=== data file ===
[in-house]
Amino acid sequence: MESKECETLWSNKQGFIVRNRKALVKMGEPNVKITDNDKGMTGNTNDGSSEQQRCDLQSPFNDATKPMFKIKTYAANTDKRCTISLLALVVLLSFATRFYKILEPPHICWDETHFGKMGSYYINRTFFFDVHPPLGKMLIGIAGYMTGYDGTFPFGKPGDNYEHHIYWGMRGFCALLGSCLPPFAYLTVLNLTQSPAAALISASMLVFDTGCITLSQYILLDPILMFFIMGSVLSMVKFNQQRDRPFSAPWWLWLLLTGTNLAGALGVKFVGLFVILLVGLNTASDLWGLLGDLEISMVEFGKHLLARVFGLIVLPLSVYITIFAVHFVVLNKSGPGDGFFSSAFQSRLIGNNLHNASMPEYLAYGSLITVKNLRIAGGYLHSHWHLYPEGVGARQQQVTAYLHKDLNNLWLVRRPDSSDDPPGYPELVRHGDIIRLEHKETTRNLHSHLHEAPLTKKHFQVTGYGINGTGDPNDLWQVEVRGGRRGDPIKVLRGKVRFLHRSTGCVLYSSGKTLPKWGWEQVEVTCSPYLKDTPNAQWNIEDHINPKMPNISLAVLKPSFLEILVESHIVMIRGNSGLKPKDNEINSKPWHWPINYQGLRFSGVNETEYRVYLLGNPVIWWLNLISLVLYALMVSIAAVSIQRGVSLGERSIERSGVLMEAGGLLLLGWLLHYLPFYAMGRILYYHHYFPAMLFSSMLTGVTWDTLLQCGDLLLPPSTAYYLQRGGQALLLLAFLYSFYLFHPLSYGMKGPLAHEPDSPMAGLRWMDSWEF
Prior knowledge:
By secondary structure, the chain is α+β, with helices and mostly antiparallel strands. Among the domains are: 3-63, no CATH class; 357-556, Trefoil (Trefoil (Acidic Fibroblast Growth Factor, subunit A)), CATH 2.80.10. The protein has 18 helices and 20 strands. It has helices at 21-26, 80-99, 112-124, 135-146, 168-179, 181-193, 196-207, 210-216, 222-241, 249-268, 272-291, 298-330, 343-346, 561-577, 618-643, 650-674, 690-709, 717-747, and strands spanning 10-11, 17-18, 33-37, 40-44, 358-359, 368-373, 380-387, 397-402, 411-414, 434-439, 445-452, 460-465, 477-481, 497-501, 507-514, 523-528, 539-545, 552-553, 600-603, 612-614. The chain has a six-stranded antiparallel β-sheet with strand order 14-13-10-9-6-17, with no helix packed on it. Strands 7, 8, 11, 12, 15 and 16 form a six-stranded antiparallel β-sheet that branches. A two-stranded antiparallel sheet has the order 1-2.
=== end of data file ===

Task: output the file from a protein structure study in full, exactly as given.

[in-house]
Amino acid sequence: MESKECETLWSNKQGFIVRNRKALVKMGEPNVKITDNDKGMTGNTNDGSSEQQRCDLQSPFNDATKPMFKIKTYAANTDKRCTISLLALVVLLSFATRFYKILEPPHICWDETHFGKMGSYYINRTFFFDVHPPLGKMLIGIAGYMTGYDGTFPFGKPGDNYEHHIYWGMRGFCALLGSCLPPFAYLTVLNLTQSPAAALISASMLVFDTGCITLSQYILLDPILMFFIMGSVLSMVKFNQQRDRPFSAPWWLWLLLTGTNLAGALGVKFVGLFVILLVGLNTASDLWGLLGDLEISMVEFGKHLLARVFGLIVLPLSVYITIFAVHFVVLNKSGPGDGFFSSAFQSRLIGNNLHNASMPEYLAYGSLITVKNLRIAGGYLHSHWHLYPEGVGARQQQVTAYLHKDLNNLWLVRRPDSSDDPPGYPELVRHGDIIRLEHKETTRNLHSHLHEAPLTKKHFQVTGYGINGTGDPNDLWQVEVRGGRRGDPIKVLRGKVRFLHRSTGCVLYSSGKTLPKWGWEQVEVTCSPYLKDTPNAQWNIEDHINPKMPNISLAVLKPSFLEILVESHIVMIRGNSGLKPKDNEINSKPWHWPINYQGLRFSGVNETEYRVYLLGNPVIWWLNLISLVLYALMVSIAAVSIQRGVSLGERSIERSGVLMEAGGLLLLGWLLHYLPFYAMGRILYYHHYFPAMLFSSMLTGVTWDTLLQCGDLLLPPSTAYYLQRGGQALLLLAFLYSFYLFHPLSYGMKGPLAHEPDSPMAGLRWMDSWEF
Prior knowledge:
By secondary structure, the chain is α+β, with helices and mostly antiparallel strands. Among the domains are: 3-63, no CATH class; 357-556, Trefoil (Trefoil (Acidic Fibroblast Growth Factor, subunit A)), CATH 2.80.10. The protein has 18 helices and 20 strands. It has helices at 21-26, 80-99, 112-124, 135-146, 168-179, 181-193, 196-207, 210-216, 222-241, 249-268, 272-291, 298-330, 343-346, 561-577, 618-643, 650-674, 690-709, 717-747, and strands spanning 10-11, 17-18, 33-37, 40-44, 358-359, 368-373, 380-387, 397-402, 411-414, 434-439, 445-452, 460-465, 477-481, 497-501, 507-514, 523-528, 539-545, 552-553, 600-603, 612-614. The chain has a six-stranded antiparallel β-sheet with strand order 14-13-10-9-6-17, with no helix packed on it. Strands 7, 8, 11, 12, 15 and 16 form a six-stranded antiparallel β-sheet that branches. A two-stranded antiparallel sheet has the order 1-2.